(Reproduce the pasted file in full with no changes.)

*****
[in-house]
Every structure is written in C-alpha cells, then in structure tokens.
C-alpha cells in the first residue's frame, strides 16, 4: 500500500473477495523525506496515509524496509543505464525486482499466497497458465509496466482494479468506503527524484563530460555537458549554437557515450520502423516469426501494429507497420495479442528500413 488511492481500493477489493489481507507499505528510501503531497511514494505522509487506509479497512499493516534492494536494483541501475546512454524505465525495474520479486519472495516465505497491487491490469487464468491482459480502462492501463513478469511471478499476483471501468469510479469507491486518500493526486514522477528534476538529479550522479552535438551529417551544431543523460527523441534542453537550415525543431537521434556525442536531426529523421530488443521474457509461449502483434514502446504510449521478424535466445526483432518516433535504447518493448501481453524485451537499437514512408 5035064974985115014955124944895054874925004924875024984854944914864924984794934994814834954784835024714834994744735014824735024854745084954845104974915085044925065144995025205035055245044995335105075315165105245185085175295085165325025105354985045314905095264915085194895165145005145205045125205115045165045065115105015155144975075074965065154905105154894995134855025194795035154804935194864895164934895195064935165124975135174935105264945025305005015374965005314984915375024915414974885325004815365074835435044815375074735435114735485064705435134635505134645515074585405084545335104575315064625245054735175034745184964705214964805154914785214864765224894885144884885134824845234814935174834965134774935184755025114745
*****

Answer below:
[in-house]
Every structure is written in C-alpha cells, then in structure tokens.
C-alpha cells in the first residue's frame, strides 16, 4: 500500500473477495523525506496515509524496509543505464525486482499466497497458465509496466482494479468506503527524484563530460555537458549554437557515450520502423516469426501494429507497420495479442528500413 488511492481500493477489493489481507507499505528510501503531497511514494505522509487506509479497512499493516534492494536494483541501475546512454524505465525495474520479486519472495516465505497491487491490469487464468491482459480502462492501463513478469511471478499476483471501468469510479469507491486518500493526486514522477528534476538529479550522479552535438551529417551544431543523460527523441534542453537550415525543431537521434556525442536531426529523421530488443521474457509461449502483434514502446504510449521478424535466445526483432518516433535504447518493448501481453524485451537499437514512408 5035064974985115014955124944895054874925004924875024984854944914864924984794934994814834954784835024714834994744735014824735024854745084954845104974915085044925065144995025205035055245044995335105075315165105245185085175295085165325025105354985045314905095264915085194895165145005145205045125205115045165045065115105015155144975075074965065154905105154894995134855025194795035154804935194864895164934895195064935165124975135174935105264945025305005015374965005314984915375024915414974885325004815365074835435044815375074735435114735485064705435134635505134645515074585405084545335104575315064625245054735175034745184964705214964805154914785214864765224894885144884885134824845234814935174834965134774935184755025114745